Surprise: The New MacBook's Single Port is Divisive
Exactly one month ago today, I wrote a post about Apple’s befuddling decision to only include one port on its MacBook. Not just one single type of port, but one port for everything.
This port, which is USB type-C, is the only port on the machine, period. Below is an excerpt of what you’ll use it for.
“Need to recharge your battery? The USB-C port acts as the charging port for the MacBook. Want to use an external monitor? You’ll need to use the lone USB-C port. Really, anything you need to plug in will have to go through this port. Printers. Game controllers. Etc. There aren’t even slots for SD cards anymore. You’ll have to find some kind of accessory that plugs into that USB-C port and lets you connect your storage cards that way.”
Reviews started rolling in today for the new MacBook, which gets a retail release on Friday. And wouldn’t you know it — a lot of reviewers are torn on Apple’s single-port approach.
Here’s WSJ’s Joanna Stern:
“But as ahead of its time as the MacBook is, there’s a slight problem: You have to use it right now. Here in 2015, the majority of us still require two or three ports for connecting our hard drives, displays, phones and other devices to our computer—not to mention a dedicated power plug.”
Ars Technica’s Andrew Cunningham shared a similar sentiment, but argues that those complaining aren’t the target customers:
“No matter if Apple is proven right in the long haul, today there’s no question that living life with one port is inconvenient. The biggest question is the degree to which you are inconvenienced. Obviously those of you who have multiple Thunderbolt Displays and external hard drives hooked into your MacBooks will be the most affected, but they’re the people to whom the MacBook will appeal the least. Don’t get a MacBook and expect it to do a MacBook Pro’s job.”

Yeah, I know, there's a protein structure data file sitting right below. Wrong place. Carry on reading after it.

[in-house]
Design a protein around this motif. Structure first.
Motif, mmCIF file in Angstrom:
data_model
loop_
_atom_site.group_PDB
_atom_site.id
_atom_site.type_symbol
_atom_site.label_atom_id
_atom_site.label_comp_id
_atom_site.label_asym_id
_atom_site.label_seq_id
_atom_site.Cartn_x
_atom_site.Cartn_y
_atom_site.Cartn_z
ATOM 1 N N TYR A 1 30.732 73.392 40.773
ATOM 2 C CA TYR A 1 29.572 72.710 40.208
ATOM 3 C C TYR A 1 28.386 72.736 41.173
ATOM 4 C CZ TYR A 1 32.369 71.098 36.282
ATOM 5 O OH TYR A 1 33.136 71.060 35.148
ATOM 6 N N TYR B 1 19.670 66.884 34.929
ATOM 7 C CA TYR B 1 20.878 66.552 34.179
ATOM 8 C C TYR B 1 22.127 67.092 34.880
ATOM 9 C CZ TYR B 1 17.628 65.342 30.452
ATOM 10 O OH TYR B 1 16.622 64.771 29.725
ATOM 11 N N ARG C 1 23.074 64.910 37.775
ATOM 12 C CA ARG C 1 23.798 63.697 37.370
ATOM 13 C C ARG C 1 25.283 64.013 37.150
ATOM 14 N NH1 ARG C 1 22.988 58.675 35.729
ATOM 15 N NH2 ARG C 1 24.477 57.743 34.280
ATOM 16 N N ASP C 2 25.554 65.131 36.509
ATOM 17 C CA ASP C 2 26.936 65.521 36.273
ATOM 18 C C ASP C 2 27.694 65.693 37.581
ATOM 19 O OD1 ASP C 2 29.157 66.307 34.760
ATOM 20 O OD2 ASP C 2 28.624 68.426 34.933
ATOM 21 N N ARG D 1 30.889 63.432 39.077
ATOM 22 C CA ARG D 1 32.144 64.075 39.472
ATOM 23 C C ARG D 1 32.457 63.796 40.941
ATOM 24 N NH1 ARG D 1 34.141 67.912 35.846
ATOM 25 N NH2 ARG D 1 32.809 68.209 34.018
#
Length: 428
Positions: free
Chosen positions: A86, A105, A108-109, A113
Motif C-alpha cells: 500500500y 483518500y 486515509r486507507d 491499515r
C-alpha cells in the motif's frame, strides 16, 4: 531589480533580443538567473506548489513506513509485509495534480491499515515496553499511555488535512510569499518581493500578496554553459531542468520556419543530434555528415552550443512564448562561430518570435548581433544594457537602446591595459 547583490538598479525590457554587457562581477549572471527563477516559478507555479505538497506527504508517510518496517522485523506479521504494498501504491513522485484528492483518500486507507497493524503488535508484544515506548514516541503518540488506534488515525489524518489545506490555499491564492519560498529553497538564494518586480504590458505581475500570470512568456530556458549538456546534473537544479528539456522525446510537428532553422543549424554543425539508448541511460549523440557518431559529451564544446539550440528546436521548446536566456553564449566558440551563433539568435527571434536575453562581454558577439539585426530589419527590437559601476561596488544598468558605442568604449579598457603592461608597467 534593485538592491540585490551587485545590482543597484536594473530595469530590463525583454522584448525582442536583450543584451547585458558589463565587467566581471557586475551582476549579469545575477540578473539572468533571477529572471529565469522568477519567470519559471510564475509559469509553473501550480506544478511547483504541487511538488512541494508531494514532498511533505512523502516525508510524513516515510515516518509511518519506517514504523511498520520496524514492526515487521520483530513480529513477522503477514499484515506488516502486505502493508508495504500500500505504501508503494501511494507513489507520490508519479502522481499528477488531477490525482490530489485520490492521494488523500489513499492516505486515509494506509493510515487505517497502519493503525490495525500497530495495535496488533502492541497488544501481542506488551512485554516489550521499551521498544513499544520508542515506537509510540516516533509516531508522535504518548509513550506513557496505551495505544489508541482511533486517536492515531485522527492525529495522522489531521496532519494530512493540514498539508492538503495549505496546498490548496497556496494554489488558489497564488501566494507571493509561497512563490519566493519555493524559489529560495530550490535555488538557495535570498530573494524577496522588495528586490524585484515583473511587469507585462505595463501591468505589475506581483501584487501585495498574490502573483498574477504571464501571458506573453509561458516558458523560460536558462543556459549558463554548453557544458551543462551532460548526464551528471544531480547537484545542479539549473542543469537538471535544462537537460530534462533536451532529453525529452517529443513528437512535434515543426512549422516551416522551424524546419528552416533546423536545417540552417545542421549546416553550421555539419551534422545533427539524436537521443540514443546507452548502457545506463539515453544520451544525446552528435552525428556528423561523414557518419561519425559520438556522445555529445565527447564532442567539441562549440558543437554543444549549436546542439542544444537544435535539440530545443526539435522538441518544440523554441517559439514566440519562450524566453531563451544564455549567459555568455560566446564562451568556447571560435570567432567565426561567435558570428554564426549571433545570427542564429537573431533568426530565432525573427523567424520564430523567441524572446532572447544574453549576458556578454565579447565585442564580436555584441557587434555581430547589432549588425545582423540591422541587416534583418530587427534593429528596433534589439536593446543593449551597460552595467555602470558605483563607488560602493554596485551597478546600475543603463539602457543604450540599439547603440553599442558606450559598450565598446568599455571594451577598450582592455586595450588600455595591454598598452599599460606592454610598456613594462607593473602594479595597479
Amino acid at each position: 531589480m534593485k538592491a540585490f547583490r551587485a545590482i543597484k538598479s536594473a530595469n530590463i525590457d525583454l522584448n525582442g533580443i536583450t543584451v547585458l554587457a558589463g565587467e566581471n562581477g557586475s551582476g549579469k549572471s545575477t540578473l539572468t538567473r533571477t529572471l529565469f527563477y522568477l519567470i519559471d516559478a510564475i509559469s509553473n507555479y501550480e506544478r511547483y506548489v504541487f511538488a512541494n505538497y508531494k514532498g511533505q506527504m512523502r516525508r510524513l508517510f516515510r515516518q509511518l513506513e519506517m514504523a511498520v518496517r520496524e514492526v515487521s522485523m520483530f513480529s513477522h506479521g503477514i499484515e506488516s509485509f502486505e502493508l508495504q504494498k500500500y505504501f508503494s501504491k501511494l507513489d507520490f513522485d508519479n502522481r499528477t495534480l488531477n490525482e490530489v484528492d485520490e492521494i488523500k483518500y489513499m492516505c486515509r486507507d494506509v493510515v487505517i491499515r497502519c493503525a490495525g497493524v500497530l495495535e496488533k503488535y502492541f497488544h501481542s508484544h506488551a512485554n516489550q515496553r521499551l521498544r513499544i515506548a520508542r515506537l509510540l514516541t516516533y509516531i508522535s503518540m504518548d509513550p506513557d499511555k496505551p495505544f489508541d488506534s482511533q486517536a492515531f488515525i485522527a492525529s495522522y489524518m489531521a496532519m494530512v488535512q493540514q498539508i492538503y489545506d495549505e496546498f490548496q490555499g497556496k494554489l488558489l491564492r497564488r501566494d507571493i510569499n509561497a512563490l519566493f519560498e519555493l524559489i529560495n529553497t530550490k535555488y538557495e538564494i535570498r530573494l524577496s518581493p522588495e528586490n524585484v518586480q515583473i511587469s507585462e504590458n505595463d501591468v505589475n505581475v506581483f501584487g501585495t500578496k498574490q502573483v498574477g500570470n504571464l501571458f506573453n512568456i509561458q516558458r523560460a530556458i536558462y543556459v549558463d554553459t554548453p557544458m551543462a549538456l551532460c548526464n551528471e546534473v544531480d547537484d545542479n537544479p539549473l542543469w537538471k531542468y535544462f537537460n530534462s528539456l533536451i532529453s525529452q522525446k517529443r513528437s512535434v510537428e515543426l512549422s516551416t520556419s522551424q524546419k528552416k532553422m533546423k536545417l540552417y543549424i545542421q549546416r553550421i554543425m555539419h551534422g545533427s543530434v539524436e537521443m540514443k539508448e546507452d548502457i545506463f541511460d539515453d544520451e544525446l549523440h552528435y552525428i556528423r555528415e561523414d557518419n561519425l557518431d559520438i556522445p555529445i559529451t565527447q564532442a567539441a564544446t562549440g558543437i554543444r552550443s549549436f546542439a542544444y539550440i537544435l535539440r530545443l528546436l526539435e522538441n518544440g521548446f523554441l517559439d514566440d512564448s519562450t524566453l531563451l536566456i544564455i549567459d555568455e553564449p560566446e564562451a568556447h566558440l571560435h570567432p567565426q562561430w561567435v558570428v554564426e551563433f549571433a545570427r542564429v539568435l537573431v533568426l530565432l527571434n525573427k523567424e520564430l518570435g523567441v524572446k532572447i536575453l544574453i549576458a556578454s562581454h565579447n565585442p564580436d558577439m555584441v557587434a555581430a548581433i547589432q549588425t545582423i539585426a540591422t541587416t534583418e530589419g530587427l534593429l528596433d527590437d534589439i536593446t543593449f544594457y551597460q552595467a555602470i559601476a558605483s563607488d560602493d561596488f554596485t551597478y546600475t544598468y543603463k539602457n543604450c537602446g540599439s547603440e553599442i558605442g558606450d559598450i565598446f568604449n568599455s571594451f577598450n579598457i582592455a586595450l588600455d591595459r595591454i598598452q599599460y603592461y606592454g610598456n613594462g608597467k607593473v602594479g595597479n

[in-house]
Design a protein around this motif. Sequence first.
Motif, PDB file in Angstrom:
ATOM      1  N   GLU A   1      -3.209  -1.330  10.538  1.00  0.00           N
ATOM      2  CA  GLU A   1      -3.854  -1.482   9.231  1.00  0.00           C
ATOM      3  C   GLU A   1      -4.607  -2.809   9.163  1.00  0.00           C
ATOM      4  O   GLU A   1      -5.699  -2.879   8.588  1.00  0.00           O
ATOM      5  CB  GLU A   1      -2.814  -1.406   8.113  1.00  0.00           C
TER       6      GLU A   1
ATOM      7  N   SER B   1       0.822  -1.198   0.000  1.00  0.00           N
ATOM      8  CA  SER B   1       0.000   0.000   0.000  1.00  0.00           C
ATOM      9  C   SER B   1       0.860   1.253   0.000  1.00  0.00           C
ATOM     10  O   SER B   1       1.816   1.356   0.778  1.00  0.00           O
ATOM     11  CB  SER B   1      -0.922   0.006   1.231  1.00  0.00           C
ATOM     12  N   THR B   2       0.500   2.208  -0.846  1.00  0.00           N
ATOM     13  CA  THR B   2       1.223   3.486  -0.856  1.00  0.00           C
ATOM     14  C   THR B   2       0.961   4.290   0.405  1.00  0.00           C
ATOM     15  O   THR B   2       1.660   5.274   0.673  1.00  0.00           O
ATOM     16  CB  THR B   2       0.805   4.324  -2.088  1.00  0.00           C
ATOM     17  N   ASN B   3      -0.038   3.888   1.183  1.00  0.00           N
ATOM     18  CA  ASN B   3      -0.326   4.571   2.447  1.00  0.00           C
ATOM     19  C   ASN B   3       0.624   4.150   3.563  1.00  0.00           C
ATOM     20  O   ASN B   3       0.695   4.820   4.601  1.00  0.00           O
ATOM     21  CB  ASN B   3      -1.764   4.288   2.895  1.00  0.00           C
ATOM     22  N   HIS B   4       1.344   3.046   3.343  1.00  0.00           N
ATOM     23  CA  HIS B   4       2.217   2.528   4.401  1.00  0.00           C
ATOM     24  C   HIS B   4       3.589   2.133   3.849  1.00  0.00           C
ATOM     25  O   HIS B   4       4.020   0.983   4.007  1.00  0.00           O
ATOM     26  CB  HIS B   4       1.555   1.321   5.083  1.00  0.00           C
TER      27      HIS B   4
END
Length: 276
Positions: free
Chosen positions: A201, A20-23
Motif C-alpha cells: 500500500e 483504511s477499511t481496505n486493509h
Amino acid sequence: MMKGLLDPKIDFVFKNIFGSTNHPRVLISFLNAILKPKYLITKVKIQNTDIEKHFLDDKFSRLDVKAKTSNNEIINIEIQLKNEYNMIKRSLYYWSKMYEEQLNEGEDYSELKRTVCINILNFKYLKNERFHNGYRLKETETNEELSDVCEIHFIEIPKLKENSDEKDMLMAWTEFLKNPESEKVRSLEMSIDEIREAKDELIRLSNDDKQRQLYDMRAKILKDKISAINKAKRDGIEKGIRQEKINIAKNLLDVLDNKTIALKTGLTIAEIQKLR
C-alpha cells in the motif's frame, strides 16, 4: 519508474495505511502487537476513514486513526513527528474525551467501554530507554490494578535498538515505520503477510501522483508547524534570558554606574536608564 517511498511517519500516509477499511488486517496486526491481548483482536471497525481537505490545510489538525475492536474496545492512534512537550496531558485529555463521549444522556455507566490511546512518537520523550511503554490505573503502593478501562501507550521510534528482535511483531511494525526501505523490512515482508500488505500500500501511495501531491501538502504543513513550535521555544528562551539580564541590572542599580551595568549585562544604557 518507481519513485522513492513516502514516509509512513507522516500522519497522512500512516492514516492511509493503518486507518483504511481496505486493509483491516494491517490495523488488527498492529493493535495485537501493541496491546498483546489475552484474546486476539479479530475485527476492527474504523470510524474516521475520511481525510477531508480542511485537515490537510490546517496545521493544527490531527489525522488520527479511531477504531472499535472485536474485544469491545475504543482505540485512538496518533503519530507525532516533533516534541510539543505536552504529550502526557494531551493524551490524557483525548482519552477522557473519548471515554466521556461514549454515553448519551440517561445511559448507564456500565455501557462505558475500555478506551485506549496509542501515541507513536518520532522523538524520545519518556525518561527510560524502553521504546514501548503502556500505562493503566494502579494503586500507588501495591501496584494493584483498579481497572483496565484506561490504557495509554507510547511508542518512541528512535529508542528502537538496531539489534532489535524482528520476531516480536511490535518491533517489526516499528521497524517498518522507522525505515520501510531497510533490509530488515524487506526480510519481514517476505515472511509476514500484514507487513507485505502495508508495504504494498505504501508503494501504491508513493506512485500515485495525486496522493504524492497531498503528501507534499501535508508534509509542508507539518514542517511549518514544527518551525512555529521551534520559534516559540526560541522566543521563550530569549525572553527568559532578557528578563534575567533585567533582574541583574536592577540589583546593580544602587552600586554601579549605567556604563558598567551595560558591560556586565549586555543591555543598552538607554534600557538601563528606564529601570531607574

Re/code’s Katherine Boehret had probably my favorite description of the USB-C port:
“But I think this MacBook is too extreme — and too expensive — for a lot of people right now. It goes on sale Friday, starting at $1,299, which is $100 more than the high-end MacBook Air with a standard configuration. It eliminates all standard USB ports and the SD card slot, replacing them with a single, smaller USB-C port, which must also be used to charge your laptop.
To make the USB-C work with other device plugs, you’ll need an adapter. Putting one of these on the MacBook is like getting a supermodel to wear headgear.”
“Like getting a supermodel to wear headgear” — there is really no better way to explain what Apple is encouraging with this single USB-C port, at least at the present time (Katherine is, of course referring to the $79 dongle Apple is selling for the USB-C port that adds power, USB, and HDMI ports).
The world can handle gimped smartphones and tablets. Users can do without USB ports and, in some cases, even SD card ports on these. But I can’t agree that a laptop with a full desktop operating system is ready to have the same number of ports as an iPhone.
Apple might have gotten ahead of itself on this one. Will the new MacBook sell like crazy? It’s entirely possible.
Should it? That’s debatable.
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